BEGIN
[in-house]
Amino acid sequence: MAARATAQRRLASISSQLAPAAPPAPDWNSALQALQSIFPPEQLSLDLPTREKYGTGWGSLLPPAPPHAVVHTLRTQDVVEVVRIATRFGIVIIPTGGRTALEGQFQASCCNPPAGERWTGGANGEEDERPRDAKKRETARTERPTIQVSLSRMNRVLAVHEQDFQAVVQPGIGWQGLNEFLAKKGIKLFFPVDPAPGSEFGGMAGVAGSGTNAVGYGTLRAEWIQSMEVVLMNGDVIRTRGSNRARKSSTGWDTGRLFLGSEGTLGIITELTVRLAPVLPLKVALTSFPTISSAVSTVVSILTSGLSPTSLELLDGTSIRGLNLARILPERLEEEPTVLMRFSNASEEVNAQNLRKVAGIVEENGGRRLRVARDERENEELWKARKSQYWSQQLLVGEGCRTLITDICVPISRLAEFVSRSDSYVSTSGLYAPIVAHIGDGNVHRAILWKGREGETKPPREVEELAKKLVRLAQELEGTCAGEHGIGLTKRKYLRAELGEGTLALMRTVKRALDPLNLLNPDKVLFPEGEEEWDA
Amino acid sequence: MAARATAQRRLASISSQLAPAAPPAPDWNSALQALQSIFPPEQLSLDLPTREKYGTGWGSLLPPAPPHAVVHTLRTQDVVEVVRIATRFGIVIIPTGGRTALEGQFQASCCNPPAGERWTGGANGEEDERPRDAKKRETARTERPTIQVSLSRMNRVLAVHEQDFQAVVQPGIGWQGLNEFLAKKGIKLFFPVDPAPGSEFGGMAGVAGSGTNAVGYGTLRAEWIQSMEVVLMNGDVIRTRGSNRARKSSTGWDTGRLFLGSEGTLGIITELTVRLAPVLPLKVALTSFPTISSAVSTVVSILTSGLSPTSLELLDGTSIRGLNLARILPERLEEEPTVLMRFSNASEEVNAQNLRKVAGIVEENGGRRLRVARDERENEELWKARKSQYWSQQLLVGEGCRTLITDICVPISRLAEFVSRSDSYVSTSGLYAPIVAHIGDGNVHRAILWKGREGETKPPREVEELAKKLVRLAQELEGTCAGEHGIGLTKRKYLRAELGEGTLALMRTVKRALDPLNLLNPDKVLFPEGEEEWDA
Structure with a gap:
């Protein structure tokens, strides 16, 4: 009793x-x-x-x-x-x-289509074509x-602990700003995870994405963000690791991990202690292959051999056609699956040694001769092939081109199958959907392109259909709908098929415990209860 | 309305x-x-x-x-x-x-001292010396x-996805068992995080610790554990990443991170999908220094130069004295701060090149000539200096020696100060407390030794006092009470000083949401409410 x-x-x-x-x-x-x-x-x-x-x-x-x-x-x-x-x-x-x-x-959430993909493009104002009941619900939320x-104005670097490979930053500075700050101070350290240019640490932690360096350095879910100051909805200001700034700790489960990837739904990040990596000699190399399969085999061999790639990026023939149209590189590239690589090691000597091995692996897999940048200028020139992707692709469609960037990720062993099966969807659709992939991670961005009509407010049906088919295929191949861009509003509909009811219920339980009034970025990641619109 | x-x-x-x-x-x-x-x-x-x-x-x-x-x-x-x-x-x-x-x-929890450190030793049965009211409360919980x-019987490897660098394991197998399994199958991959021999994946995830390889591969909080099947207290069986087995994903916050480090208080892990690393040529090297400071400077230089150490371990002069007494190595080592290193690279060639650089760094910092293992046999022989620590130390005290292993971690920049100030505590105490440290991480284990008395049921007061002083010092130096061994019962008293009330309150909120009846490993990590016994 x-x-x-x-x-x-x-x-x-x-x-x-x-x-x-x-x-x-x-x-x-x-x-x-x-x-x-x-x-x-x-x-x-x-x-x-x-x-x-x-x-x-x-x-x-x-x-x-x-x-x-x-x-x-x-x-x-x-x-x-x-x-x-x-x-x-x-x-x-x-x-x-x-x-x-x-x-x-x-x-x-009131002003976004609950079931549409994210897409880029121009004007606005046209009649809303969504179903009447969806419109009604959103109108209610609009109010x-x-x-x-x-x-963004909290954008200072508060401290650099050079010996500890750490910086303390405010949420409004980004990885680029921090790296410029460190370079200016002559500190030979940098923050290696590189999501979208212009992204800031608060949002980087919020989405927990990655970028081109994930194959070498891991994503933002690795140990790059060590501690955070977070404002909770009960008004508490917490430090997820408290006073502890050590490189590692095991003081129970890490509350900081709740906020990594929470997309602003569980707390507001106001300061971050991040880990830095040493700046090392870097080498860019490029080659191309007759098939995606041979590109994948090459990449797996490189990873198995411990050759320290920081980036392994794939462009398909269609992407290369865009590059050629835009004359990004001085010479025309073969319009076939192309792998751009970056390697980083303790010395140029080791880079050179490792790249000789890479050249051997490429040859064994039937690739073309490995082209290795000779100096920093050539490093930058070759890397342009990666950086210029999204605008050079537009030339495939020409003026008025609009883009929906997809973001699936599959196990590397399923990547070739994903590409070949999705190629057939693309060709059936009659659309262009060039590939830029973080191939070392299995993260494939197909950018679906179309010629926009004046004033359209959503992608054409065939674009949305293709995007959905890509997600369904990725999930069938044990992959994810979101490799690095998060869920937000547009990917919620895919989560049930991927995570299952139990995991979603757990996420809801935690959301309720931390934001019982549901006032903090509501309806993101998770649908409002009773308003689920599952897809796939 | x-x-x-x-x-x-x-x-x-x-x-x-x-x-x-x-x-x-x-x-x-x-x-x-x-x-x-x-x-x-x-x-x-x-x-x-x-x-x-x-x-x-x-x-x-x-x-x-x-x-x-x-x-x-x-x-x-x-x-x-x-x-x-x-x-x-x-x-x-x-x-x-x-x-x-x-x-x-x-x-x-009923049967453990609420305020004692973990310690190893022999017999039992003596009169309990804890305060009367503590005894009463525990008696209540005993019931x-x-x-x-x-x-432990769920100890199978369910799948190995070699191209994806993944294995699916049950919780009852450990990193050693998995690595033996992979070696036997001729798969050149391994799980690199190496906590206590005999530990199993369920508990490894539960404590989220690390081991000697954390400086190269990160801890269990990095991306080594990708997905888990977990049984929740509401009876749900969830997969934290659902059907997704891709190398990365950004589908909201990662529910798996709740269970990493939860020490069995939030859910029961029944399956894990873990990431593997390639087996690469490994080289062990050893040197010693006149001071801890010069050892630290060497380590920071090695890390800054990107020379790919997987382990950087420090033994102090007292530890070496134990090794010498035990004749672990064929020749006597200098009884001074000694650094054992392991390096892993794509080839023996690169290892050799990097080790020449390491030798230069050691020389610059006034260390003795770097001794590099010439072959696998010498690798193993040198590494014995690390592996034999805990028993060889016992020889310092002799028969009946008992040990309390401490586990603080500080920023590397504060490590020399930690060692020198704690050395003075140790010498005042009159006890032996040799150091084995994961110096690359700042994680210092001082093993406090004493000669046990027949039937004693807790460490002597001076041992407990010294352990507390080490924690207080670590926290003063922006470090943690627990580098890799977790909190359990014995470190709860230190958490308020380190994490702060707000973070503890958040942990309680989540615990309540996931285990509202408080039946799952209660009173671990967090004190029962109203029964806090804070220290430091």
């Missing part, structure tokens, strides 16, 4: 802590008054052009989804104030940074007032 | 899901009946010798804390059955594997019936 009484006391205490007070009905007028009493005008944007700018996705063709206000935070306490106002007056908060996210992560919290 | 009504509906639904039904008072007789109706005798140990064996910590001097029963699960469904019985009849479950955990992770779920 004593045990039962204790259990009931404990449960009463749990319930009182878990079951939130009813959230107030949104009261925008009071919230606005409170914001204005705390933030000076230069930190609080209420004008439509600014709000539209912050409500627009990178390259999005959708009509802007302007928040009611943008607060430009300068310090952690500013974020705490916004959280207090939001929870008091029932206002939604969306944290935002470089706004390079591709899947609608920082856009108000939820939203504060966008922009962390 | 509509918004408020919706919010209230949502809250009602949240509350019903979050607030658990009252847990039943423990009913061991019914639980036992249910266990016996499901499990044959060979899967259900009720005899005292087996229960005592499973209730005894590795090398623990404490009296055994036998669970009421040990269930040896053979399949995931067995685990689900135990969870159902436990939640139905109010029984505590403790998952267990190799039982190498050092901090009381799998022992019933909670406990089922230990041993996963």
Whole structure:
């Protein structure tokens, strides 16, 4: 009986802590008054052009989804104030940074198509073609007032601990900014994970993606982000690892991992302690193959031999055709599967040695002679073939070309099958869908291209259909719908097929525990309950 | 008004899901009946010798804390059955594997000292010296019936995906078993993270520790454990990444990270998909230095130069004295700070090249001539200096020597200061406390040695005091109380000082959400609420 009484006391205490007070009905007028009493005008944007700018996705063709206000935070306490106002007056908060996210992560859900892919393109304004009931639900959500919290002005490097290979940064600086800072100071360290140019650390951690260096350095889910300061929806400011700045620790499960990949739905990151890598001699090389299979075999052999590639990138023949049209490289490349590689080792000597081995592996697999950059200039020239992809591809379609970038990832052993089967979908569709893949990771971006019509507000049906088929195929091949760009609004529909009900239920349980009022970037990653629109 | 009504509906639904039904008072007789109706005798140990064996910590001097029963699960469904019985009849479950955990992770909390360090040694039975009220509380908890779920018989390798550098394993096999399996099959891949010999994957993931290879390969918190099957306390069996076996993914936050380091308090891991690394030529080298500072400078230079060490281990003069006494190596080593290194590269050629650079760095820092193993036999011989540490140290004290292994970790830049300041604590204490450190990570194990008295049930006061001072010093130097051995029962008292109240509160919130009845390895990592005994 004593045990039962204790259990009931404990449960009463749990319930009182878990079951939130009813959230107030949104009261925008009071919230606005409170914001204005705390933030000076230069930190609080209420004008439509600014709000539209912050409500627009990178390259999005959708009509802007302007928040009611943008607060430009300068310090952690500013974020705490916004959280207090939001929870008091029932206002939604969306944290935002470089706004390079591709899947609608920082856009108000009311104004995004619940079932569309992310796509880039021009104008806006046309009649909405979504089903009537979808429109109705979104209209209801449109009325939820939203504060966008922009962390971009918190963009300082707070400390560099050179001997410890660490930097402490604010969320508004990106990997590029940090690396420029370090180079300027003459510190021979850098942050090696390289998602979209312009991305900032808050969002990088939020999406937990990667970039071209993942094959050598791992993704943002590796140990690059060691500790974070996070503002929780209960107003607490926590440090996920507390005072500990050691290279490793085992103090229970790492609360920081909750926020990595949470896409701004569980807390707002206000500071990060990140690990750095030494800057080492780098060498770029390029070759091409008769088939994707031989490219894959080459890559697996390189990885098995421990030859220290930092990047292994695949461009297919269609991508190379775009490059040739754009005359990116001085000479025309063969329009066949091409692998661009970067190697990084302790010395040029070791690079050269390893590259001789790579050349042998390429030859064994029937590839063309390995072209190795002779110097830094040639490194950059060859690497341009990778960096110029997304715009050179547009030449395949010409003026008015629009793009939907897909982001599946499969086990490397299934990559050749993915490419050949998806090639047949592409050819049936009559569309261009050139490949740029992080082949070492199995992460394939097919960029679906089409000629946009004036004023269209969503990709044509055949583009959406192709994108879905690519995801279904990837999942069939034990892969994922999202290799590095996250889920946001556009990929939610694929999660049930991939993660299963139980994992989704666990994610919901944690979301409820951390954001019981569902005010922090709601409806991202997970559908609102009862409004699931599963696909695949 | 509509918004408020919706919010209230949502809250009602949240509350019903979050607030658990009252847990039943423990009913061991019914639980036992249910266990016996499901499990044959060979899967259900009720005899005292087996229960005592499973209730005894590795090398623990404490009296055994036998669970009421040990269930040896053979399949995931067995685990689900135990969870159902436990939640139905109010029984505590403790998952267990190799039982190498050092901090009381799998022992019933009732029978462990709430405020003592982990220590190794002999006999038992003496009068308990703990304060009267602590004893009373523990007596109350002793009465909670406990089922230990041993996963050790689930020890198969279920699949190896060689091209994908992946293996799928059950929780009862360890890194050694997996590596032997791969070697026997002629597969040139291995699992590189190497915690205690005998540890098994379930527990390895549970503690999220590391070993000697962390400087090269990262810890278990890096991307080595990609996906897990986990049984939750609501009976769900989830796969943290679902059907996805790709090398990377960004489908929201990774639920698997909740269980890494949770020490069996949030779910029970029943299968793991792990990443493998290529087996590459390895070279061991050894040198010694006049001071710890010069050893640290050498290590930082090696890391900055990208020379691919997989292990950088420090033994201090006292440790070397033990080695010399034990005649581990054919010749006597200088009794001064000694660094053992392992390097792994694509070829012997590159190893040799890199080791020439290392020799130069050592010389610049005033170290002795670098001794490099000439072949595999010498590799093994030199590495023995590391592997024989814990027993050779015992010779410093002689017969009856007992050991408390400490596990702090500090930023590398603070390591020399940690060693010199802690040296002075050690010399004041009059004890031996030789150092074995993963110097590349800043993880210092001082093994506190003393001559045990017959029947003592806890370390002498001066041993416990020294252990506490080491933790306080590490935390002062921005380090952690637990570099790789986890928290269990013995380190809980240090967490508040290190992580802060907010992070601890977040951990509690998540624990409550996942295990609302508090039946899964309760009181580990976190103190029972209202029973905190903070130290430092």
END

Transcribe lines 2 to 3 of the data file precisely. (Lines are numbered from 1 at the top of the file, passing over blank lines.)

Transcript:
Amino acid sequence: MAARATAQRRLASISSQLAPAAPPAPDWNSALQALQSIFPPEQLSLDLPTREKYGTGWGSLLPPAPPHAVVHTLRTQDVVEVVRIATRFGIVIIPTGGRTALEGQFQASCCNPPAGERWTGGANGEEDERPRDAKKRETARTERPTIQVSLSRMNRVLAVHEQDFQAVVQPGIGWQGLNEFLAKKGIKLFFPVDPAPGSEFGGMAGVAGSGTNAVGYGTLRAEWIQSMEVVLMNGDVIRTRGSNRARKSSTGWDTGRLFLGSEGTLGIITELTVRLAPVLPLKVALTSFPTISSAVSTVVSILTSGLSPTSLELLDGTSIRGLNLARILPERLEEEPTVLMRFSNASEEVNAQNLRKVAGIVEENGGRRLRVARDERENEELWKARKSQYWSQQLLVGEGCRTLITDICVPISRLAEFVSRSDSYVSTSGLYAPIVAHIGDGNVHRAILWKGREGETKPPREVEELAKKLVRLAQELEGTCAGEHGIGLTKRKYLRAELGEGTLALMRTVKRALDPLNLLNPDKVLFPEGEEEWDA
Amino acid sequence: MAARATAQRRLASISSQLAPAAPPAPDWNSALQALQSIFPPEQLSLDLPTREKYGTGWGSLLPPAPPHAVVHTLRTQDVVEVVRIATRFGIVIIPTGGRTALEGQFQASCCNPPAGERWTGGANGEEDERPRDAKKRETARTERPTIQVSLSRMNRVLAVHEQDFQAVVQPGIGWQGLNEFLAKKGIKLFFPVDPAPGSEFGGMAGVAGSGTNAVGYGTLRAEWIQSMEVVLMNGDVIRTRGSNRARKSSTGWDTGRLFLGSEGTLGIITELTVRLAPVLPLKVALTSFPTISSAVSTVVSILTSGLSPTSLELLDGTSIRGLNLARILPERLEEEPTVLMRFSNASEEVNAQNLRKVAGIVEENGGRRLRVARDERENEELWKARKSQYWSQQLLVGEGCRTLITDICVPISRLAEFVSRSDSYVSTSGLYAPIVAHIGDGNVHRAILWKGREGETKPPREVEELAKKLVRLAQELEGTCAGEHGIGLTKRKYLRAELGEGTLALMRTVKRALDPLNLLNPDKVLFPEGEEEWDA